We have some good news and bad news regarding the deadline for getting your income tax returns in on time.
The bad news is that if you missed the supposed April 15th deadline (last Friday), fear not: the good news is that the actual due date for filing your 2015 income tax returns is midnight on Monday, April 18th.
Here’s what you should do if you can’t file by the 18th, or (gulp), you don’t have the money to pay what you owe.
Do you even have to file?
Maybe not. Depending on your age and income, you may not have to file a federal or a state income tax return, as long as you don’t owe any taxes. Go to tinyurl.com/fedtaxreq to check on the federal requirements, and Wisconsin residents can head to tinyurl.com/wistaxreq to see the state filing requirements.
Even if you’re not required to file, there may still be reasons to do so. For instance, you may be unaware that you are eligible for a refund or credit. Or you may have a situation in the future that requires you to submit tax returns from previous years (for instance, applying for a loan).
When you can’t file on time
Maybe you’re waiting for a needed document, or there has been a life-altering event in the previous tax year that threw a wrench in to the process. Or maybe you’re just a procrastinator.
Whatever the reason, don’t panic. Millions of other taxpayers are in the same predicament. But it’s best not to ignore the need to file—doing so can incur penalties, including up to 25% of any amount that you owe.
Instead, you can request an extension of your deadline by filing Form 4868 either electronically or via regular mail before the April 18th deadline. You can get a copy of the form at www.irs.gov, or use the “Free File” program at the IRS site to file for an extension.
Once filed and confirmed, this step will give you another six months (until October 17h of 2016) to get your information together and file your 2015 return.
However, getting an extension to file your taxes does not mean you get an extension on making 2015 contributions to time-sensitive accounts (like IRAs and Roth IRAs), so make sure you get those in by the 18th.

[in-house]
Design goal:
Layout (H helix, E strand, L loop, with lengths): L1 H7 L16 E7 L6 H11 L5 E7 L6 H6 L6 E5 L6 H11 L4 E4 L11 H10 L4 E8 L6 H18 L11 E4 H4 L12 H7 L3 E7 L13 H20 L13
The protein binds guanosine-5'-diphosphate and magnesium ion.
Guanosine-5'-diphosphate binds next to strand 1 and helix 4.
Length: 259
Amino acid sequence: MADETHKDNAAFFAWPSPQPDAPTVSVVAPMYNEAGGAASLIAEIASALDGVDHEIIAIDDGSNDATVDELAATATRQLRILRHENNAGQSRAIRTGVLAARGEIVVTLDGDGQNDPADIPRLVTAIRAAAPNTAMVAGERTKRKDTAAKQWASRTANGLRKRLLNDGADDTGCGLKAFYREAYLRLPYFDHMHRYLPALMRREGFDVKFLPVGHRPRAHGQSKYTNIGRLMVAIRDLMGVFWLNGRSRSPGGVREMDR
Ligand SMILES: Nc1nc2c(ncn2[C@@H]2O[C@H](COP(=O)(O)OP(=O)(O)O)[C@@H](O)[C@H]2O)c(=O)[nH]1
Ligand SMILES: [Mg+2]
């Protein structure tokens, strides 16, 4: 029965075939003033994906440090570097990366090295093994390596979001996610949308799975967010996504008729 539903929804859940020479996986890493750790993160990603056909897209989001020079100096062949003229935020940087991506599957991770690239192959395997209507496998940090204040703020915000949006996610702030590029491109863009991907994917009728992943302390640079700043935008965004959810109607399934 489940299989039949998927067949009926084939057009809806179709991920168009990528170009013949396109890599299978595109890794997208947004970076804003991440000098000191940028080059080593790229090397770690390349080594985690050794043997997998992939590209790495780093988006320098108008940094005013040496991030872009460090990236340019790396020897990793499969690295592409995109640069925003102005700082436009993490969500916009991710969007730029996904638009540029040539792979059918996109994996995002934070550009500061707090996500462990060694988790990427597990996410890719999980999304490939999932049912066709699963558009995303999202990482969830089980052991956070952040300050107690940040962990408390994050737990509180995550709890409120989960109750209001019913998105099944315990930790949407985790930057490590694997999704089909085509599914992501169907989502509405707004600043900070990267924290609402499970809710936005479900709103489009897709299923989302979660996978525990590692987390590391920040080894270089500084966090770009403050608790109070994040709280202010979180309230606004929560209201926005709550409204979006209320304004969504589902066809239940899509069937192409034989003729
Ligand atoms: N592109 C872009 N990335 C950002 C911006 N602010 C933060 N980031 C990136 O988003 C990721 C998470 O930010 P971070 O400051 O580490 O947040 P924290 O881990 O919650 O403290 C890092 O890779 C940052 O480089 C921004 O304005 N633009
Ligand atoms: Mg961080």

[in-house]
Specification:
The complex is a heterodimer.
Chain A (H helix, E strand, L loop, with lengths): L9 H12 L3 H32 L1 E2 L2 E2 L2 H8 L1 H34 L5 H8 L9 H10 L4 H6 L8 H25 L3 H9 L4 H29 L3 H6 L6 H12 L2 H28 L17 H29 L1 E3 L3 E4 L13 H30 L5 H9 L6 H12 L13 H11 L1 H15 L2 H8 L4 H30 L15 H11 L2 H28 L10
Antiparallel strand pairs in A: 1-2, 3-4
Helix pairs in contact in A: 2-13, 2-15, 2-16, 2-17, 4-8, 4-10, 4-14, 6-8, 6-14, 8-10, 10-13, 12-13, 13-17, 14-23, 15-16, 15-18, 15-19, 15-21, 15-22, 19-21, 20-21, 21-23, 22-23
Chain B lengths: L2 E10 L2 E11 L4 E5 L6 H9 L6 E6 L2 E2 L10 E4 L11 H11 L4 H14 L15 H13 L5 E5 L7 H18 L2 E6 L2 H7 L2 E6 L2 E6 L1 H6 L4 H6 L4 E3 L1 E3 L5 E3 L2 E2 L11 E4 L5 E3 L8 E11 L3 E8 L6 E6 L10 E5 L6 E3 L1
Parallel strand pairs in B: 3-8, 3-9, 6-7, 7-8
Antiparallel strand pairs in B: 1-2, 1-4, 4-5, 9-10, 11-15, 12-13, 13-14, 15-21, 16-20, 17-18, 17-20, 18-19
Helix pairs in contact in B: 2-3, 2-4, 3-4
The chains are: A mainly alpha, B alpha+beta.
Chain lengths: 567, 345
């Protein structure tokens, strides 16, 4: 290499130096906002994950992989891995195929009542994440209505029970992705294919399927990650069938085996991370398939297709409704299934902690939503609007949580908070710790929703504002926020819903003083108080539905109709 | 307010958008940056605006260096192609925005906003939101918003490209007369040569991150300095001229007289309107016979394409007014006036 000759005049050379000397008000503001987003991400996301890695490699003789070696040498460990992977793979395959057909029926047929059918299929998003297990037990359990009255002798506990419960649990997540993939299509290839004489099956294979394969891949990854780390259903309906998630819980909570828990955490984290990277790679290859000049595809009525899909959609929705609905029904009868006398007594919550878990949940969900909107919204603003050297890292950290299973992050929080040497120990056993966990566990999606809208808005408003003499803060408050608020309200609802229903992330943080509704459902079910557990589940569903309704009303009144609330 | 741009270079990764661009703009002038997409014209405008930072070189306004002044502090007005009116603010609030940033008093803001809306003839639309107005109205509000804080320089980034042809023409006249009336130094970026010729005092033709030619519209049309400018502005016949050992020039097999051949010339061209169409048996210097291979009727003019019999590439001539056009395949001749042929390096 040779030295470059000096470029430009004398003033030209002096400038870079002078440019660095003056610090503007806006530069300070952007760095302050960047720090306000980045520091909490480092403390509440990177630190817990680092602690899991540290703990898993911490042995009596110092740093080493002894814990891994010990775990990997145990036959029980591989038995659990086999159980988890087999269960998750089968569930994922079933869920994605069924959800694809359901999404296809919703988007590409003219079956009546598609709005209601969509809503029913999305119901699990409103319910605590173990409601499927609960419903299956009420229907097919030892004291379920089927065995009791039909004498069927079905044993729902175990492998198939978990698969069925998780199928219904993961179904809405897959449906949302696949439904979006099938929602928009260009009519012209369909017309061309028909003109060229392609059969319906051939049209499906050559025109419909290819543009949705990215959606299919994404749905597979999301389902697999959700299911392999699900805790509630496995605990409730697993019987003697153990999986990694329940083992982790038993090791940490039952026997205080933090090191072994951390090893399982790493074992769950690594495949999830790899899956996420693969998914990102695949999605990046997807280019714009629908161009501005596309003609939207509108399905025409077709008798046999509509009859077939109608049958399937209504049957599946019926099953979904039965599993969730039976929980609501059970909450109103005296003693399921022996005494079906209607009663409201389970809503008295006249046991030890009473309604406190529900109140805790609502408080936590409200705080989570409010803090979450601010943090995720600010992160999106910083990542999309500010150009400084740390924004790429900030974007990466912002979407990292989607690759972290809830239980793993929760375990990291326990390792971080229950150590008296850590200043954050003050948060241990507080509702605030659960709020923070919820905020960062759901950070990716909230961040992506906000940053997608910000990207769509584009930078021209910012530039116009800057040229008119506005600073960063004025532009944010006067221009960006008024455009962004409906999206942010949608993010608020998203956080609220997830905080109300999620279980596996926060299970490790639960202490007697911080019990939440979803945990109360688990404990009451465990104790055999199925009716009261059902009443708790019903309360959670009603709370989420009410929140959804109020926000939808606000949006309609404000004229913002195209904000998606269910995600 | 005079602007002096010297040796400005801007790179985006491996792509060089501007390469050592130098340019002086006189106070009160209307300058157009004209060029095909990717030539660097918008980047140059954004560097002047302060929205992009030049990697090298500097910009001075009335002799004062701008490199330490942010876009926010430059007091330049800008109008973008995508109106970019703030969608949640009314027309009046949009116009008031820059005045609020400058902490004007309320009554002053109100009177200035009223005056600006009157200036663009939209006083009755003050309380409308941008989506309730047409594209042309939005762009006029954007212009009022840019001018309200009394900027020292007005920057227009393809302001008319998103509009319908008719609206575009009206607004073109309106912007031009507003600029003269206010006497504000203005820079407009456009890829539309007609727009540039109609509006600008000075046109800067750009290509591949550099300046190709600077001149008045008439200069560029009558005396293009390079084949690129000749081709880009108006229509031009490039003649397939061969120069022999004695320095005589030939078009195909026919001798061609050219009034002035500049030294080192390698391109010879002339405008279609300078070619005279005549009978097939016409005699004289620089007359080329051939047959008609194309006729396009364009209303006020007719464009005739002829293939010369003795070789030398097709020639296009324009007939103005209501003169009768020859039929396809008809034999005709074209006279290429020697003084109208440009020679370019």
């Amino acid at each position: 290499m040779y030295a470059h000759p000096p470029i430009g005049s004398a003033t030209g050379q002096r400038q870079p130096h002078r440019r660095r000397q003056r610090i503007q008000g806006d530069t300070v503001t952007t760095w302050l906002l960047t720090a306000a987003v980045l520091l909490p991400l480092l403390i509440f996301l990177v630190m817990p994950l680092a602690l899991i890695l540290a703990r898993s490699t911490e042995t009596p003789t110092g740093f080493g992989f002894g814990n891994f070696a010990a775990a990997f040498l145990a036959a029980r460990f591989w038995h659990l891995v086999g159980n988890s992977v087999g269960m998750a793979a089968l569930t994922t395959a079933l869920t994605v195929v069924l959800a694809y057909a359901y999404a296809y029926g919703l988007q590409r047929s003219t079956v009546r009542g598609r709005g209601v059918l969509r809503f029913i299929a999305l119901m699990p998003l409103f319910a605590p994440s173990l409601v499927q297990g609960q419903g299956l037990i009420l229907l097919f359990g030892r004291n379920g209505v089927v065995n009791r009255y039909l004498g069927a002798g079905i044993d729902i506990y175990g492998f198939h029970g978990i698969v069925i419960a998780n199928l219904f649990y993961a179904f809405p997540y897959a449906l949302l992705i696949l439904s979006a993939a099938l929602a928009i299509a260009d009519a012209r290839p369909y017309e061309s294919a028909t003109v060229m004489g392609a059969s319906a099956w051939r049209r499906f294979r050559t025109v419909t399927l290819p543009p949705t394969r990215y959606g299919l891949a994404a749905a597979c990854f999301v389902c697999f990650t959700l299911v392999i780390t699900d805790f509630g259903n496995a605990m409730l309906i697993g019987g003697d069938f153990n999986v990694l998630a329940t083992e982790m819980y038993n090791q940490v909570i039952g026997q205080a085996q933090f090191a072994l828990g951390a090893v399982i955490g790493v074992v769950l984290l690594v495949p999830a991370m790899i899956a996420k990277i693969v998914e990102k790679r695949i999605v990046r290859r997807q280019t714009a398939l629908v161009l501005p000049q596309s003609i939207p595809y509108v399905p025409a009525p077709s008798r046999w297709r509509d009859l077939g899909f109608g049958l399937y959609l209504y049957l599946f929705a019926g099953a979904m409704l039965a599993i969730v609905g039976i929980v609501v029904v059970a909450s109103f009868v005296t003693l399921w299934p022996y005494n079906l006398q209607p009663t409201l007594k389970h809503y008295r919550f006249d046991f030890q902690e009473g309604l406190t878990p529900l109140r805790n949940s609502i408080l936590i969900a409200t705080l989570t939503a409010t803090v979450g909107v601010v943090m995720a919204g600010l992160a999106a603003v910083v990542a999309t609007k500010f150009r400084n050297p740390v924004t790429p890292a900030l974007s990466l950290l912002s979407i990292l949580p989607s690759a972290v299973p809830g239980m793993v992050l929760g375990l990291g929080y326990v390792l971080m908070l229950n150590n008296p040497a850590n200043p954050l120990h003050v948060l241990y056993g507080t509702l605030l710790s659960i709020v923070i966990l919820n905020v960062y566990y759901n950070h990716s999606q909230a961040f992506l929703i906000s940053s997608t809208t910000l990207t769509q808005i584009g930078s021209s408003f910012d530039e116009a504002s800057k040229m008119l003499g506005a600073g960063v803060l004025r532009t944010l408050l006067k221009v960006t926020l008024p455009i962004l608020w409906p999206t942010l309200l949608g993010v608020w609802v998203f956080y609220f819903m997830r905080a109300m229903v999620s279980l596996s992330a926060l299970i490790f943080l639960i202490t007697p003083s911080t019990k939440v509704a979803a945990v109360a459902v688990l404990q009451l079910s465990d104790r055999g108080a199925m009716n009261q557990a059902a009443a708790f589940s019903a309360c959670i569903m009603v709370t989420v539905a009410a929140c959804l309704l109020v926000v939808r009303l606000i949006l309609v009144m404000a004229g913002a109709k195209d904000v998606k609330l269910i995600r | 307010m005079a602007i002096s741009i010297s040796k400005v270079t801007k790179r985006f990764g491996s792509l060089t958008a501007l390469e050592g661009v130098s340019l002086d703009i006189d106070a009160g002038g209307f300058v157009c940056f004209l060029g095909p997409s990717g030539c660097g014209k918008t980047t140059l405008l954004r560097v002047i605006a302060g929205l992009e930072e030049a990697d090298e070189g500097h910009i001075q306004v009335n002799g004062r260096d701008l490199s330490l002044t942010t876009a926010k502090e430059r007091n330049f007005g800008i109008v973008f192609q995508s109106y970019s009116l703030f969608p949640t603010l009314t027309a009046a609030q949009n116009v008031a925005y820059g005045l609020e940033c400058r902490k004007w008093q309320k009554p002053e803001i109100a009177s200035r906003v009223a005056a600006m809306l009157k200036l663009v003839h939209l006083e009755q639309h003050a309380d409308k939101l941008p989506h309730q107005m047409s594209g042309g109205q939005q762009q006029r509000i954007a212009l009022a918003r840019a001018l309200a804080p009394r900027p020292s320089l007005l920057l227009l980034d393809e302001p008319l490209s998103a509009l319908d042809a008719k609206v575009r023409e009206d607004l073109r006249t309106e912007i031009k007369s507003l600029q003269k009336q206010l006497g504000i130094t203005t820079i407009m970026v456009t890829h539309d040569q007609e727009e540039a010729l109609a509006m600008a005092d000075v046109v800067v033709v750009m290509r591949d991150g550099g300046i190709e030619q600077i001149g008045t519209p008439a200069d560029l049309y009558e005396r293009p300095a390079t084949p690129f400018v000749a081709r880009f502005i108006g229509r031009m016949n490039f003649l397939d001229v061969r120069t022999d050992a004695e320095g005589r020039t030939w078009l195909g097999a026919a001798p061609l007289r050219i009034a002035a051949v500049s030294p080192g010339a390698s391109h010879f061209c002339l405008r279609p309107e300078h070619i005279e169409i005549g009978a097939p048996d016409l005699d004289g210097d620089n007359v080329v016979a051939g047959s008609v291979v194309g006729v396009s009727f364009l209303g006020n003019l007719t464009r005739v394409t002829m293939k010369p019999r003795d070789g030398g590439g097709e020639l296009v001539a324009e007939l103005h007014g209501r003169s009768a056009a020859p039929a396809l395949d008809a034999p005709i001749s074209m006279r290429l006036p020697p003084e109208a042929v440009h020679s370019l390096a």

When you can’t pay what you owe
Whether you file your taxes by the normal deadline or if you file for an extension, you still have to pay any taxes owed by April 18th. But again, like many other taxpayers, you may not be able to do so.
To avoid as much trouble and cost as possible, you should still file your returns before April 18th, and pay whatever you possibly can toward what you owe.
Depending on your situation, you may want to put as much of the unpaid balance as you can on a credit card. But you will have to pay a fee to the payment processor, plus the interest on the unpaid balance charged by the credit card company.
After you file your returns and include less than what you owe, you will soon receive a notice from IRS inquiring about the remaining balaance. Don’t ignore it! Instead, call the number on the notice to discuss your payment options.
If you can’t pay at least 90% of the federal taxes you owe, you will likely be billed 0.5% interest per month on the unpaid balance, capped out at 25% of what you still owe. For instance, if you owe $1,000, it will cost you $50 per month in interest, up to $250.
The IRS may also allow you to set up an installment payment plan that could reduce the amount of interest and penalties that you pay.
If you’re still in the dark about these or other tax filing questions, visit the IRS “Help and Resources” site at irs.gov/Help-&-Resources, or call 800.829.1040 (and prepare to “standby” for quite a while). Information on Wisconsin state tax issues can be found at revenue.wi.gov.